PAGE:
In terms of increasing Cargill’s foothold in the German chocolate market de Loor told FoodIngredientsFirst, “The issue is not about market share but quality of product and service available to customers across the chocolate markets. This acquisition will increase our overall market share but not to any market dominant level in any one of the sectors.”
KVB’s two Berlin plants will complement Cargill’s existing German cocoa and chocolate facilities in Klein Schierstedt and Hamburg. Once integrated into Cargill, the business and its customers will fully benefit from Cargill’s deep knowledge in cocoa and chocolate and its broad expertise in food ingredients and technologies.
Combining KVB’s expertise with Cargill’s consistently high standards in chocolate, its access to high quality beans at origin, and its ability to manage ingredient price risks will stimulate further growth.
De Loor said: “The integration of the KVB chocolate assets and people into Cargill will strengthen our ability to deliver efficient and innovative solutions for our customers. We plan to invest significantly in KVB’s facilities to create a superior chocolate house that will enable us to offer customers greater choice, higher quality and extended market reach.”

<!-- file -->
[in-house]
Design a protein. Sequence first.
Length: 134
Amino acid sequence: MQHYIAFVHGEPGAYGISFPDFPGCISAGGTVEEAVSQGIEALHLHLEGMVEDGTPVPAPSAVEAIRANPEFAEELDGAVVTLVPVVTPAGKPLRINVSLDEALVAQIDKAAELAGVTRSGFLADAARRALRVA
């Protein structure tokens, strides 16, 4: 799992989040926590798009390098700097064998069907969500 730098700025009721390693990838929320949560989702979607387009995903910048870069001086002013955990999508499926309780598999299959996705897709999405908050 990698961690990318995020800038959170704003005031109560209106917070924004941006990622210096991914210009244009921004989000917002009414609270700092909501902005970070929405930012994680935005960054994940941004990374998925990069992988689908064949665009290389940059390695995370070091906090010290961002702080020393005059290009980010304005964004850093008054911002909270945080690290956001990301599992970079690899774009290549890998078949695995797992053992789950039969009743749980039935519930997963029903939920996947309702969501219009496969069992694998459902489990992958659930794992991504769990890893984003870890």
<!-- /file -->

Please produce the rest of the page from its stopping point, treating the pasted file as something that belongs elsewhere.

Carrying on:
Hermann Hauertmann, CEO of KVB commented “This transaction provides the basis for continued growth of KVB, both in Germany as well as internationally. The global network of Cargill opens up new opportunities in terms of supply chain and optimized cost structures to the benefit of our customers. We are confident that our people and our operations will deliver significant value to Cargill’s existing Cocoa and Chocolate business and look forward to develop innovative quality products for our valued customers.”
Completion of the acquisition is expected in the first part of 2011.
During the second quarter, Cargill agreed to acquire Unilever's shelf-stable condiments business in Brazil. The purchase includes leading brands in tomato sauce and paste, and a processing facility in the state of Goiás. The acquisition, which is expected to be completed in the first quarter of calendar 2011, would add to Cargill's stable of well-known brands of cooking oils, mayonnaise, olive oils, olives and pasta sold today in Brazilian supermarkets.
In December, the company announced agreements related to two additional acquisitions:
Cargill agreed to acquire a majority share position in PT Sorini Agro Asia Corporindo Tbk. Based in Indonesia, the company produces a wide range of starch and starch-based products used in food, beverage, cosmetic, personal care and pharmaceutical applications. The acquisition, which is expected to be completed in the first quarter of calendar 2011, would be an anchor for the future growth of Cargill’s food ingredients business in Asia, particularly in Indonesia and Southeast Asia.
Cargill reached an agreement with Calgary-based Agrium to acquire its AWB commodity management business. The business fits well with Cargill’s existing operations in Australia. It should help us meet growing food demand in Asia Pacific and around the world and allow us more opportunity to help Australian producers manage their grain marketing price risk and expand their access to global markets. Subject to various approvals, Cargill aims to complete the transaction in the first half of calendar 2011.